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Latitude: 52.5374 / 52°32'14"N
Longitude: -2.553 / 2°33'10"W
OS Eastings: 362587
OS Northings: 293427
OS Grid: SO625934
Mapcode National: GBR BS.FB5Q
Mapcode Global: VH83F.PHP5
Entry Name: Monkhopton War Memorial
Listing Date: 6 September 2018
Source: Historic England
Source ID: 1459122
Location: Monkhopton, Shropshire, WV16
Civil Parish: Monkhopton
Traditional County: Shropshire
Lieutenancy Area (Ceremonial County): Shropshire
A First World War memorial cross of 1921, constructed using a cider press for the base and with an oak shaft.
A First World War memorial of 1921, restored in 2000.
MATERIALS: a stone base (a former cider press) with an oak cross and a bronze plaque.
DESCRIPTION: the war memorial takes the form of a circular roughhewn base and plinth with tooling, an inverted re-used cider press. The restored oak shaft rises to a simple Latin cross. The shaft has carved detailing.
The front face of the plinth has a plaque which reads IN MEMORY OF/ SYDNEY DOWNES . ARTHUR EDWARDS/ AND OF ALL WHO GAVE THEIR LIVES/ TO SAVE THEIR COUNTRY IN THE GREAT WAR/ 1914 – 1918. Above, fixed to the base of the cross shaft is a modern metal plaque which reads IN HONOUR OF THOSE/ WHO DIED FOR THEIR COUNTRY/ THIS RESTORED CROSS/ WAS REDEDICATED ON/ SEPTEMBER 10TH 2000.
The aftermath of the First World War saw the biggest single wave of public commemoration ever with tens of thousands of memorials erected across England. The war memorial cross at Monkhopton was unveiled in 1921 at a ceremony attended by Sir Arthur Lawley, 6th Baron Wenlock. It is shown on the Ordnance Survey Map of 1926. The memorial commemorates the two local servicemen who fell in the First World War, and all those who gave their lives in the conflict. The oak cross and shaft were restored in 2000 and the memorial was rededicated on 10 September of that year.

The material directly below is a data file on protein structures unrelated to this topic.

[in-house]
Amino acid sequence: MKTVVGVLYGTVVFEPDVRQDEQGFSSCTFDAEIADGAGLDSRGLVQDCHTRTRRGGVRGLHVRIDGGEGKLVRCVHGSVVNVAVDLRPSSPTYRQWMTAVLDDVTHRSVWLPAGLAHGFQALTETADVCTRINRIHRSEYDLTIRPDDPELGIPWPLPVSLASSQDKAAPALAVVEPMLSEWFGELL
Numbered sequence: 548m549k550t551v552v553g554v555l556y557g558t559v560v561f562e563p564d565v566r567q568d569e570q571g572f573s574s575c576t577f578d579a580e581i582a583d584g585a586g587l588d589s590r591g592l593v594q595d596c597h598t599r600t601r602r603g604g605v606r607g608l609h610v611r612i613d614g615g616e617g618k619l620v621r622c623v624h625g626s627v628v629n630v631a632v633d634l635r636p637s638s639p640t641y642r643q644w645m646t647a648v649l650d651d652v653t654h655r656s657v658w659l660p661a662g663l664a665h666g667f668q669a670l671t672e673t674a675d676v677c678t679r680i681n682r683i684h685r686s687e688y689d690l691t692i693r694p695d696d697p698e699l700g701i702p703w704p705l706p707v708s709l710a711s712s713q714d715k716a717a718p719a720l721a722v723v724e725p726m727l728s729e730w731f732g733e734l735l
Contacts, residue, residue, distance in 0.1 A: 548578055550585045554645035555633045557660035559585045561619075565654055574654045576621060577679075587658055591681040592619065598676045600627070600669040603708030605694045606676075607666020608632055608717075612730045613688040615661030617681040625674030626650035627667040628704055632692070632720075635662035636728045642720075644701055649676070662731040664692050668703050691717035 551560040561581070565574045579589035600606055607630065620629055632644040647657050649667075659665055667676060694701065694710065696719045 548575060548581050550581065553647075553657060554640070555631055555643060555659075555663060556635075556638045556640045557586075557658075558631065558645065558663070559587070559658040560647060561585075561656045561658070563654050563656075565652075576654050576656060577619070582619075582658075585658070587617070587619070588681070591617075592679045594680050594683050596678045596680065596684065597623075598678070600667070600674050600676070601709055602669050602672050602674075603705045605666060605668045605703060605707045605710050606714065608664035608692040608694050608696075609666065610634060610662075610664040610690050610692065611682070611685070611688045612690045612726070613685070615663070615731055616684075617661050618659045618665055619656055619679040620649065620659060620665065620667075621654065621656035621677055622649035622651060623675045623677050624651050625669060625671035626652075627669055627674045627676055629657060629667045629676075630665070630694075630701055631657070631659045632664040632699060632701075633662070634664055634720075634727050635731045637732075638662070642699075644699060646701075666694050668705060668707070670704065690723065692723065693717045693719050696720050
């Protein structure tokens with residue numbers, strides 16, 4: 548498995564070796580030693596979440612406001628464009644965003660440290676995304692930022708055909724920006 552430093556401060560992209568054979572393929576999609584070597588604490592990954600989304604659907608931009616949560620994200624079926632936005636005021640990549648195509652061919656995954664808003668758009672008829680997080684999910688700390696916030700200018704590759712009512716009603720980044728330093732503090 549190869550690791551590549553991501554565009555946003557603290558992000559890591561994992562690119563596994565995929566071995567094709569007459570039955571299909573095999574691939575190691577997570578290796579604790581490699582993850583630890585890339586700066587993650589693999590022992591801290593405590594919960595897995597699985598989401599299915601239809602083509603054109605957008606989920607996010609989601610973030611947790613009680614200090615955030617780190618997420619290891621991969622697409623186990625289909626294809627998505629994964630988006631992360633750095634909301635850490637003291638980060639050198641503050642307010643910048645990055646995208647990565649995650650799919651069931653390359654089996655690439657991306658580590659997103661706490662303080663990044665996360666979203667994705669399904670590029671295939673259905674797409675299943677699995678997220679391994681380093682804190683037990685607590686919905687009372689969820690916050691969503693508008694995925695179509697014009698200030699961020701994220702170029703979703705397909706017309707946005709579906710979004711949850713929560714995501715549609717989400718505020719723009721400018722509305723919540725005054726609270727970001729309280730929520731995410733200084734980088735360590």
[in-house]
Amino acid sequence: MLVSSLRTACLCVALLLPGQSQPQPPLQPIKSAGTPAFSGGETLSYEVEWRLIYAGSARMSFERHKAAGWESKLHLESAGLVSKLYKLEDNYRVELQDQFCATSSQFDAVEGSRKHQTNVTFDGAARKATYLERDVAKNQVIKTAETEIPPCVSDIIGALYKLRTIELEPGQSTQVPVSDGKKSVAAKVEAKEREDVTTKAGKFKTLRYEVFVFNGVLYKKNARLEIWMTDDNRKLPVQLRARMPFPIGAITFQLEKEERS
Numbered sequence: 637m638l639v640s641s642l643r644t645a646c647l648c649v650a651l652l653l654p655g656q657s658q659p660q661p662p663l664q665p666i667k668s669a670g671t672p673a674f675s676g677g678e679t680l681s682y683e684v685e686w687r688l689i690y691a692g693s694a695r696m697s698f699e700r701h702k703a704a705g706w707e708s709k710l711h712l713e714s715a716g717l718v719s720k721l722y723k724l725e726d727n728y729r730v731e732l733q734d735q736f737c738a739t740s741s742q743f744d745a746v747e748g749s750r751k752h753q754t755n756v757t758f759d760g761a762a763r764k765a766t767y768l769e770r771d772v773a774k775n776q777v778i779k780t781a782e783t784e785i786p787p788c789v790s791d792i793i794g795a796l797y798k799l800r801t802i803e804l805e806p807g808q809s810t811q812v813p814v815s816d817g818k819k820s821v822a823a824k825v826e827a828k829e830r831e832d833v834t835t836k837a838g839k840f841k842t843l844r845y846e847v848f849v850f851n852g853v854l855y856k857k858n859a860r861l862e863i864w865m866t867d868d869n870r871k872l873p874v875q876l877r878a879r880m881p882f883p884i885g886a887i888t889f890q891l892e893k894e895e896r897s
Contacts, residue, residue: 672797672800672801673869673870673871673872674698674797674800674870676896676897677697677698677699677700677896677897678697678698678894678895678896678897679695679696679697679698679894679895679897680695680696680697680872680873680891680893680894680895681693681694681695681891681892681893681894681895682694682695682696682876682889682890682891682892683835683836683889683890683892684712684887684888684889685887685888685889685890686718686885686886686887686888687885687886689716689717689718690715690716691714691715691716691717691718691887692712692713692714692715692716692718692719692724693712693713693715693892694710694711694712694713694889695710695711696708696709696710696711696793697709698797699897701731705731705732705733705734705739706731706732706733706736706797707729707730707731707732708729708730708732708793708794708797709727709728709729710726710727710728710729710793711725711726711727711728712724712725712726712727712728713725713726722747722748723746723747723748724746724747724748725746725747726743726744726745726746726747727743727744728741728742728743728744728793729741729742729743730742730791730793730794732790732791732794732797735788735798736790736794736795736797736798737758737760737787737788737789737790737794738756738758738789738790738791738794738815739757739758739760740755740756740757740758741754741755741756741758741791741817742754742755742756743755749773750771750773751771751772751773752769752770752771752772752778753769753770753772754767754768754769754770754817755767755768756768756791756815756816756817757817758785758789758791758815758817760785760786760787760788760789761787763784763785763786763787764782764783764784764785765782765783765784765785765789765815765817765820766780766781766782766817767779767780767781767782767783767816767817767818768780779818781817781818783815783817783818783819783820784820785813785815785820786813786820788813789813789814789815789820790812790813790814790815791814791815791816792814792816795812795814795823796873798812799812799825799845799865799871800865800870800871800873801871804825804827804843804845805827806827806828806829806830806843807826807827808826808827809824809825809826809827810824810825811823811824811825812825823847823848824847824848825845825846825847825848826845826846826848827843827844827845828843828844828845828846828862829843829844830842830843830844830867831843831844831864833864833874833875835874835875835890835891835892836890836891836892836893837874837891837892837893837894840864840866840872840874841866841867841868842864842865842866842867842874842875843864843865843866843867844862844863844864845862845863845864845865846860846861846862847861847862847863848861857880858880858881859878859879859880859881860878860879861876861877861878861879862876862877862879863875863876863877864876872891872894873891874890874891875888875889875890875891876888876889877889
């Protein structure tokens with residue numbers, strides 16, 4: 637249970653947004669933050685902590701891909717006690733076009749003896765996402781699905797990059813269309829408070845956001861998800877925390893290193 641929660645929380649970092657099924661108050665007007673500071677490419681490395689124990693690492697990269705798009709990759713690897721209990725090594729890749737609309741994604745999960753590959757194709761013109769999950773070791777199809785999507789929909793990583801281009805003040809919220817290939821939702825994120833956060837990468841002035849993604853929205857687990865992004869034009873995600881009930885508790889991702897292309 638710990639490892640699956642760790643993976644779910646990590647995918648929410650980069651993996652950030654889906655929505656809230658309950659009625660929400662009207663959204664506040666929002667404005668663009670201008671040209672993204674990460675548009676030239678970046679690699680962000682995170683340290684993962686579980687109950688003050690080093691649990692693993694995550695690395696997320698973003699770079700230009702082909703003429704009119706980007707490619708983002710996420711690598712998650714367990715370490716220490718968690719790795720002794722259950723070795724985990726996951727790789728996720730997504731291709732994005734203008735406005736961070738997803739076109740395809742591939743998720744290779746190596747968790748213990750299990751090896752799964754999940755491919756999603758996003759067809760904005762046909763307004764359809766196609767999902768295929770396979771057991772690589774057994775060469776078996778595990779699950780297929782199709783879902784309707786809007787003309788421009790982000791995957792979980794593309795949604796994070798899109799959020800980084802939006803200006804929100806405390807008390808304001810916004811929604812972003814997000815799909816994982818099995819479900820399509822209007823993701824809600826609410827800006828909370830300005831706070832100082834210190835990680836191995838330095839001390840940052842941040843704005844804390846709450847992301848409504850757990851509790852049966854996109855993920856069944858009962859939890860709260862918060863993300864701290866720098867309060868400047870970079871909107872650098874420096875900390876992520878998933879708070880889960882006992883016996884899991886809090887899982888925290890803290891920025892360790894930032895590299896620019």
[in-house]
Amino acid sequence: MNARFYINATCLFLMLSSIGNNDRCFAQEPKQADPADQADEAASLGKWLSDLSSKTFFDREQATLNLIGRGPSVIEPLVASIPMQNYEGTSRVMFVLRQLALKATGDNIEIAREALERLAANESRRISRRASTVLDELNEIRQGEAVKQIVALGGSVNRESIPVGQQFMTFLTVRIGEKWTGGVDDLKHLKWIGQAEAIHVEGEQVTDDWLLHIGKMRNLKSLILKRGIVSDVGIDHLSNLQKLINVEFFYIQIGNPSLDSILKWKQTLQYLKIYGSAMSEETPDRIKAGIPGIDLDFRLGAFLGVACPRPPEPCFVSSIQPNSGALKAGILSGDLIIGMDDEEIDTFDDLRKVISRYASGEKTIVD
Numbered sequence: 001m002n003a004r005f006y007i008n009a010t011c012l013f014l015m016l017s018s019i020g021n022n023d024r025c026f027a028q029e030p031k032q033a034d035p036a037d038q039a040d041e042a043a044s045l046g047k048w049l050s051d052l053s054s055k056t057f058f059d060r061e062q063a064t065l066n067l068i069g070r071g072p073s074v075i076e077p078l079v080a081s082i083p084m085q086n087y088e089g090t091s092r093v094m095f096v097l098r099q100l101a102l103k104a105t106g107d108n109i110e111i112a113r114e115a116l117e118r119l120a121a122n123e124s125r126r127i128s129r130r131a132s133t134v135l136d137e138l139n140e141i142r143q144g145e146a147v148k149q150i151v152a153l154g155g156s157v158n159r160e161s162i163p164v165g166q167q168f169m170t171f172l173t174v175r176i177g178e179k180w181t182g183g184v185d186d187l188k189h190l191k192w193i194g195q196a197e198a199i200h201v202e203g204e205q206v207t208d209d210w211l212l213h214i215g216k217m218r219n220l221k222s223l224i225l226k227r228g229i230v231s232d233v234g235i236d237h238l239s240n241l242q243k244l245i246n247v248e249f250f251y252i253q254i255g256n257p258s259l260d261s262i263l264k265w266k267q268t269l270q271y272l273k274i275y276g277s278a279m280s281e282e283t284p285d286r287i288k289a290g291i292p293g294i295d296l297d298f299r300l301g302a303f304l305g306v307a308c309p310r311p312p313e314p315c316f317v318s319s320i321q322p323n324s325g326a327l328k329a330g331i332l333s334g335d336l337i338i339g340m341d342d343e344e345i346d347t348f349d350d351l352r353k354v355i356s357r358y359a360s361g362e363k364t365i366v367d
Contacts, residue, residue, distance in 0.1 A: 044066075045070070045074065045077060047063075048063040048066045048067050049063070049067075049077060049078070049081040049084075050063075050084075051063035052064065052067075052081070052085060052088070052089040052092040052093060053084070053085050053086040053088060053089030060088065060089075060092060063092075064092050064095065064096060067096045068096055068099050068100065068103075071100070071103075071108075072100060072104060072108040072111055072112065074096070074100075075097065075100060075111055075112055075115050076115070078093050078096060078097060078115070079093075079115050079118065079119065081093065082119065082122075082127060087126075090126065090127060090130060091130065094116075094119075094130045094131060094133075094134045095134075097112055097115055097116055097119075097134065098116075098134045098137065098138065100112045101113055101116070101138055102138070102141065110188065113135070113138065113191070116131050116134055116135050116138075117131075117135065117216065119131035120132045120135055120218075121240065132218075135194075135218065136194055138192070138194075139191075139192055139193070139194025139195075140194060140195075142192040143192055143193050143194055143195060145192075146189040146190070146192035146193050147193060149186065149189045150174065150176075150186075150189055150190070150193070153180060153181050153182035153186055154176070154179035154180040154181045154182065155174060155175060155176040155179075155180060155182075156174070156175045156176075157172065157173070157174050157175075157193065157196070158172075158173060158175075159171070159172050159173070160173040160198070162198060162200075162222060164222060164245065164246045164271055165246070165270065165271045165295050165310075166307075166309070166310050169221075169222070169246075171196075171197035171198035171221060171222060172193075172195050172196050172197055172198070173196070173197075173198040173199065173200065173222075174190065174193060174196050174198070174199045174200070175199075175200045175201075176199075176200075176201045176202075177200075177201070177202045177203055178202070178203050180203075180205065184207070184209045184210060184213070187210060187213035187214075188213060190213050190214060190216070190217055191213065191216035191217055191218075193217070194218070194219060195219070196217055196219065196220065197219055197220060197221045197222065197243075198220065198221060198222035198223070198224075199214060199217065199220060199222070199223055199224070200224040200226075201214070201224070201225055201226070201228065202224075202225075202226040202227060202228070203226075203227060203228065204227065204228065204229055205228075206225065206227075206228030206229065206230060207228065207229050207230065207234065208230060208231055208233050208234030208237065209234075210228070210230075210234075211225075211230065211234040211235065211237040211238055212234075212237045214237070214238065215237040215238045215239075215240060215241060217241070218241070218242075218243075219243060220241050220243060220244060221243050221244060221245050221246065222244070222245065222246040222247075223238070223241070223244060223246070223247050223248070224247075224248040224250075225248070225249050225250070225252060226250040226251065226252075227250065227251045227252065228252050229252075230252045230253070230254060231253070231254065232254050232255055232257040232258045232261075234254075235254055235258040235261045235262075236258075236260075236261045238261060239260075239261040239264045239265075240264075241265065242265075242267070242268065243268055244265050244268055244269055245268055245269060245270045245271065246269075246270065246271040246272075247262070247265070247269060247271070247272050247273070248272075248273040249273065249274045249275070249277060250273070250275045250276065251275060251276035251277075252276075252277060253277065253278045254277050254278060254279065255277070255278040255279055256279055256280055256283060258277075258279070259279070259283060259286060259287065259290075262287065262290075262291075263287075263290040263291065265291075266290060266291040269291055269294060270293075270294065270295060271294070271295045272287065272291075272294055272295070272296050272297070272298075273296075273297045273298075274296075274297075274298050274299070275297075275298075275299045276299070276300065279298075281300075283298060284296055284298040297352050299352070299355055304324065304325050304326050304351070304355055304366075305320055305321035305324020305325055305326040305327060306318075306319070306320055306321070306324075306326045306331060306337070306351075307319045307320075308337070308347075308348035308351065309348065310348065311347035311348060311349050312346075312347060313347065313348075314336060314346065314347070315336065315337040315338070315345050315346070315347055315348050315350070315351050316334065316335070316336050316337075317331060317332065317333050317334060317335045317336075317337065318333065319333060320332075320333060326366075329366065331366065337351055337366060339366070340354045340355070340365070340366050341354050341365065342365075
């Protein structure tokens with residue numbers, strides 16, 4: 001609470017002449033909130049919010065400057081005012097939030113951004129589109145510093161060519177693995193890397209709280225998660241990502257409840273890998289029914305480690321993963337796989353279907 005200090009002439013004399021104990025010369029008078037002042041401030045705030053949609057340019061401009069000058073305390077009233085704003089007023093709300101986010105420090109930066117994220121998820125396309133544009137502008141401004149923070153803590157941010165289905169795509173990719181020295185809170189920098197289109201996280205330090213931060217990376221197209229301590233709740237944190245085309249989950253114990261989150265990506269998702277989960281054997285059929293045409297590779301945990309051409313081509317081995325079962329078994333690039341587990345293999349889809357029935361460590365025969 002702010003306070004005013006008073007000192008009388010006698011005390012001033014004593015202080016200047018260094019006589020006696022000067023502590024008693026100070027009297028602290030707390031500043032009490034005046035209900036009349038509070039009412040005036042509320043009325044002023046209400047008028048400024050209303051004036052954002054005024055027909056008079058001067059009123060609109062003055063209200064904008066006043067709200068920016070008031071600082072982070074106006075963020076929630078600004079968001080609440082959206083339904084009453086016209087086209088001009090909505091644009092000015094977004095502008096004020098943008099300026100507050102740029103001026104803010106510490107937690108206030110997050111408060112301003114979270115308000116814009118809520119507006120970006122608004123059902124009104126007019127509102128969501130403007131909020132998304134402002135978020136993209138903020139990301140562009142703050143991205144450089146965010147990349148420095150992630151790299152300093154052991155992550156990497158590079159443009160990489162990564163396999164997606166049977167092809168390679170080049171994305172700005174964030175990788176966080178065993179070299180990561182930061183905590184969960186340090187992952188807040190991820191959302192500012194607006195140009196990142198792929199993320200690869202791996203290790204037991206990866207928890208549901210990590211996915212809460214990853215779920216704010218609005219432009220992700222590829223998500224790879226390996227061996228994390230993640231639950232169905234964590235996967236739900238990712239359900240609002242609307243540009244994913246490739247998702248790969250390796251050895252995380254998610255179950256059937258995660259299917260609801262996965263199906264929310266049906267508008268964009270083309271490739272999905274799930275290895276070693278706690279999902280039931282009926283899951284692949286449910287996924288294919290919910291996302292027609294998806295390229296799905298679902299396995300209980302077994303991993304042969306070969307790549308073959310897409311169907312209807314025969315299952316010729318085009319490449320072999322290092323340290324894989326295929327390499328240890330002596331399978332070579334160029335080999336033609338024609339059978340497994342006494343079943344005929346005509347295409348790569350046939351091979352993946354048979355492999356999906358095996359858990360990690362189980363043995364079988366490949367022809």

Monkhopton War Memorial, Shropshire is listed at Grade II for the following principal reasons:
* as an accomplished and well-realised war memorial which takes the simple form of an oak cross mounted on a stone base (a reused cider press);
* the restoration of the oak cross has been skilfully handled.
* as an eloquent witness to the tragic impacts of world events on this community, and the sacrifices it made in the First World War.
* it is located within the churchyard of the Church of St Peter (listed at Grade II*).